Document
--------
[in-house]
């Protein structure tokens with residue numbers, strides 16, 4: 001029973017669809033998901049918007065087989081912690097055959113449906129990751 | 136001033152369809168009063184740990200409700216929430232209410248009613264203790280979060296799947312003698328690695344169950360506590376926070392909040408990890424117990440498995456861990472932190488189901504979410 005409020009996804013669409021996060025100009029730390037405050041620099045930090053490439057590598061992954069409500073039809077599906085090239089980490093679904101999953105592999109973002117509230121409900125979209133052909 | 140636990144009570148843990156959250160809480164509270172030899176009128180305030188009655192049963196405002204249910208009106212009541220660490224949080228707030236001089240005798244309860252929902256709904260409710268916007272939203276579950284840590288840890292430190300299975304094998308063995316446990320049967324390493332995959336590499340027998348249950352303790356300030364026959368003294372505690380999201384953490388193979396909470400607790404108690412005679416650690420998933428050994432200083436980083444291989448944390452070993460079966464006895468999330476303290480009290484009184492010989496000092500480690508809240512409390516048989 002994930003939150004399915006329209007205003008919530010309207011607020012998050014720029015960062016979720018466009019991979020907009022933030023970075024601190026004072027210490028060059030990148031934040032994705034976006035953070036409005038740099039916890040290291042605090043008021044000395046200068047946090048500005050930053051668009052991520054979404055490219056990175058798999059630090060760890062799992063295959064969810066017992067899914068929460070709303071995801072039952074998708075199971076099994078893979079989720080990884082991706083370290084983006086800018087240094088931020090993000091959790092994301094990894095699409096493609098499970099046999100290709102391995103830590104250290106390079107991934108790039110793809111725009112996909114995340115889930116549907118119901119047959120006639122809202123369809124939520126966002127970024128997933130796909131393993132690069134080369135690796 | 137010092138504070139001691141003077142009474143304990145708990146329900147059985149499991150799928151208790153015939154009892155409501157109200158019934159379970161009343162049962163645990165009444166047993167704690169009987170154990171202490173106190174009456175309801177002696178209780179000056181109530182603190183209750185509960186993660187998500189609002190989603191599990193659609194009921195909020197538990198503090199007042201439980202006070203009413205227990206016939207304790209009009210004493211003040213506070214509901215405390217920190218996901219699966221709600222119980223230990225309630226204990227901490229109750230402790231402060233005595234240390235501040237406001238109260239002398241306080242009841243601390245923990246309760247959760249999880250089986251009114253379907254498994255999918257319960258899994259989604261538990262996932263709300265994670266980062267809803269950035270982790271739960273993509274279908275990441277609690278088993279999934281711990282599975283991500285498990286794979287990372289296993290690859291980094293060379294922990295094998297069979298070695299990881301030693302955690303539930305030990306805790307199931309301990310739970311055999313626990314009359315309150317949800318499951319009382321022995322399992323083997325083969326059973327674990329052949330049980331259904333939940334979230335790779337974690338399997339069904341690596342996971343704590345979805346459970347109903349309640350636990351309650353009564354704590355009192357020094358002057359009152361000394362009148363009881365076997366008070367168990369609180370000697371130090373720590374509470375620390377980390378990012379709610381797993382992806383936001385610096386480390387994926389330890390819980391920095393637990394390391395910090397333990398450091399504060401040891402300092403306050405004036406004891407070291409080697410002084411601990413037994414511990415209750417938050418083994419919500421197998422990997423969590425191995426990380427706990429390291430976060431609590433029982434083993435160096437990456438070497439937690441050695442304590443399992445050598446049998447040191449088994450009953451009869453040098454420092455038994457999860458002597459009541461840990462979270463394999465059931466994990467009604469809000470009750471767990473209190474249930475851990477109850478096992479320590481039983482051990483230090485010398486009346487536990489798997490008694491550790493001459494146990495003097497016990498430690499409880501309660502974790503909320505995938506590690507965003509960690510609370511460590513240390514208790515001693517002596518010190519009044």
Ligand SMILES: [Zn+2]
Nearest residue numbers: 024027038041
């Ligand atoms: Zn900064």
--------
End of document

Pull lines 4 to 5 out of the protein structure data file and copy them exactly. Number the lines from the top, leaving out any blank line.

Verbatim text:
Nearest residue numbers: 024027038041
């Ligand atoms: Zn900064």